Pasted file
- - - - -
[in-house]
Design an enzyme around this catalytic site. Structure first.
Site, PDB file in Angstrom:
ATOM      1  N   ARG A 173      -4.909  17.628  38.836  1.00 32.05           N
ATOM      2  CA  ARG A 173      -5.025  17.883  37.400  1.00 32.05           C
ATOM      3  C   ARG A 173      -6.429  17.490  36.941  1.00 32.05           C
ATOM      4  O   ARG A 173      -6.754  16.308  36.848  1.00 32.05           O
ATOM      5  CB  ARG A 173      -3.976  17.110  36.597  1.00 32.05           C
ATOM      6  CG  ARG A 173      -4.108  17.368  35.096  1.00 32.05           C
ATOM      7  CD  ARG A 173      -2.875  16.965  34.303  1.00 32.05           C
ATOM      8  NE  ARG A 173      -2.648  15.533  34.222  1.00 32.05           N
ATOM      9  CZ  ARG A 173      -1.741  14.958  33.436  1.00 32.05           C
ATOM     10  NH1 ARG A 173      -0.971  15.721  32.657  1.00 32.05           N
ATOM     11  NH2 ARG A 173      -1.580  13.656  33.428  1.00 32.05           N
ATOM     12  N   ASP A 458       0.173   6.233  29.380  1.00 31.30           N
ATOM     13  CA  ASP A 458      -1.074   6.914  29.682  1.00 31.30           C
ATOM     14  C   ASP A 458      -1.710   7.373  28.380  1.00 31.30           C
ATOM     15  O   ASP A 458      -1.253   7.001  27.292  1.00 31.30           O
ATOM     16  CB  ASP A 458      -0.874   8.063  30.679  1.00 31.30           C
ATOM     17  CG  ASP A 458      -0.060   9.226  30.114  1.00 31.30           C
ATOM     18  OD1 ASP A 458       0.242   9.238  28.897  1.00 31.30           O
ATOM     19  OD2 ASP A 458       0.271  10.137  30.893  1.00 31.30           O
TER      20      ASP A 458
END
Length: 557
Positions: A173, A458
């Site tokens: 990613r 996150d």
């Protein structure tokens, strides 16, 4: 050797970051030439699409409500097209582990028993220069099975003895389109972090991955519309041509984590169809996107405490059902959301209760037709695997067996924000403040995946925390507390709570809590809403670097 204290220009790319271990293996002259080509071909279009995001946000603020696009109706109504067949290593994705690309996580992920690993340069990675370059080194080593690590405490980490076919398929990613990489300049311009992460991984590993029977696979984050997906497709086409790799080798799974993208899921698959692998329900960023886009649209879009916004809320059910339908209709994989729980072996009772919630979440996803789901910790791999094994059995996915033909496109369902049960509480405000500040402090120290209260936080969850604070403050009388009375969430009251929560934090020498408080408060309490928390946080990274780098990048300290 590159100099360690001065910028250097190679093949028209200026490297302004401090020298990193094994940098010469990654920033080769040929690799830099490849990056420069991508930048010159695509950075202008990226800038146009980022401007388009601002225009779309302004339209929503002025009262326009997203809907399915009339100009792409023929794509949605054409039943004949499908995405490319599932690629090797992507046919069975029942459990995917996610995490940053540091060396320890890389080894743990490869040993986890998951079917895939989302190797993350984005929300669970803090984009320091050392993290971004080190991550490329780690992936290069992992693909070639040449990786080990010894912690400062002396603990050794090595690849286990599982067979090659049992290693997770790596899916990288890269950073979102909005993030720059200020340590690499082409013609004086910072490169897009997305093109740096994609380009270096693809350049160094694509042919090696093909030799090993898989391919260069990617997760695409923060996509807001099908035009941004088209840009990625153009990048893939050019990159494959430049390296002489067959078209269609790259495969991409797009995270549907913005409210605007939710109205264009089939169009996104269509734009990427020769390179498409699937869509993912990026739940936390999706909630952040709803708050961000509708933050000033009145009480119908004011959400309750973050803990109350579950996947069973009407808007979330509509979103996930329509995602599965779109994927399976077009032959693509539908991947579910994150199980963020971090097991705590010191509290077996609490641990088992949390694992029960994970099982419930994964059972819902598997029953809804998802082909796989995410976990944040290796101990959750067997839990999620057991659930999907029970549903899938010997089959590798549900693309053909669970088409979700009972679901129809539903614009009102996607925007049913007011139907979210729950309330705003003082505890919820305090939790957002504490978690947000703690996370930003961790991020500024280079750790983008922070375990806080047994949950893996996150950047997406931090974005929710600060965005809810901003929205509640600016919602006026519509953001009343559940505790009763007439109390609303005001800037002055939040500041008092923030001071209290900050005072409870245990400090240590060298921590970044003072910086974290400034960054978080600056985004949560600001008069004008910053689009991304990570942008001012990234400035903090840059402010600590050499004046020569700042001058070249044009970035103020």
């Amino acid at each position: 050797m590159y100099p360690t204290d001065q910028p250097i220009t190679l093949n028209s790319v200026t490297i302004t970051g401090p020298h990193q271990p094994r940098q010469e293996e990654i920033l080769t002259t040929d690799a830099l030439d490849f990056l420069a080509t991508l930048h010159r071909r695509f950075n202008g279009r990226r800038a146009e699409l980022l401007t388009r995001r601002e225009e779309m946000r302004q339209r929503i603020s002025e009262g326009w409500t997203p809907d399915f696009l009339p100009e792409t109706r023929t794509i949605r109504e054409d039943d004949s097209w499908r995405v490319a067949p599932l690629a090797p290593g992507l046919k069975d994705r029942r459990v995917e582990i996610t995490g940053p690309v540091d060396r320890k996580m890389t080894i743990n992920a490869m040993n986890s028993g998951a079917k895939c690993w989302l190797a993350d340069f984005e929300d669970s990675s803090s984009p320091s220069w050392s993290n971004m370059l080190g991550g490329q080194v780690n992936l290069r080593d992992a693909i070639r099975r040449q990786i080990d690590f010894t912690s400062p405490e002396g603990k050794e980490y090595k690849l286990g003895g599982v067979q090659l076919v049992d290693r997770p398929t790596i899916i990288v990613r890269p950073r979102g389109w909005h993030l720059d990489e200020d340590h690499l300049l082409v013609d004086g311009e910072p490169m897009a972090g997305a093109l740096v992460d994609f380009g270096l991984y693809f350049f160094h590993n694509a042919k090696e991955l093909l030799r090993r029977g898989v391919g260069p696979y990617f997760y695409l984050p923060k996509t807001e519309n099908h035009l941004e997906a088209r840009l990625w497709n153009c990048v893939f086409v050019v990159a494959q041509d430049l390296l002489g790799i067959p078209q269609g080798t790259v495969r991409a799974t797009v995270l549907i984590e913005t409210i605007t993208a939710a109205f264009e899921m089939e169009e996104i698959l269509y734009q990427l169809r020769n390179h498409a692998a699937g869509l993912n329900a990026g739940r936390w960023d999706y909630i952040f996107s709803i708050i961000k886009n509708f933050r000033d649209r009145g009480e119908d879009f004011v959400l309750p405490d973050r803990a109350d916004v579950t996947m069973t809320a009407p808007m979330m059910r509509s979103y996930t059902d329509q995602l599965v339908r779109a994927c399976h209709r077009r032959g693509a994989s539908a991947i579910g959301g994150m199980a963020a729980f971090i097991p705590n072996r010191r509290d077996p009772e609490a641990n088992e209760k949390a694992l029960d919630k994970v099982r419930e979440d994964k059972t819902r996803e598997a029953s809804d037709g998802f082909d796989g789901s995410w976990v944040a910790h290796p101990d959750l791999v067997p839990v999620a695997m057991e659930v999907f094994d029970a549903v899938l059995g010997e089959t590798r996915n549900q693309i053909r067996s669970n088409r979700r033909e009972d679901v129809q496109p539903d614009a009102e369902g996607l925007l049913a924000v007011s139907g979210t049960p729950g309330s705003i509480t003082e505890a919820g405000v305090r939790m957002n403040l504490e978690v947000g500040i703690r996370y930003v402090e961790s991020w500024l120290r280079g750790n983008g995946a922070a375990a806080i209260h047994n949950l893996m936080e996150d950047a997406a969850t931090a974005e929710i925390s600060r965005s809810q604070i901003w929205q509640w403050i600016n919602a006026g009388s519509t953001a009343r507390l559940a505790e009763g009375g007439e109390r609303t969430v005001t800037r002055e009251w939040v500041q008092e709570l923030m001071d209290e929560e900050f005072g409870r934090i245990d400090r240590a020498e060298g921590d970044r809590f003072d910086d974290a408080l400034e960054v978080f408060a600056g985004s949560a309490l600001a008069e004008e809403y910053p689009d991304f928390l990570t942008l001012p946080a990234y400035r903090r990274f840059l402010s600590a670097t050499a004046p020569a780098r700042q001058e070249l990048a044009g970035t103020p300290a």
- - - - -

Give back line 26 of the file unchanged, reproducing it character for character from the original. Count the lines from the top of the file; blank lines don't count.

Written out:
Positions: A173, A458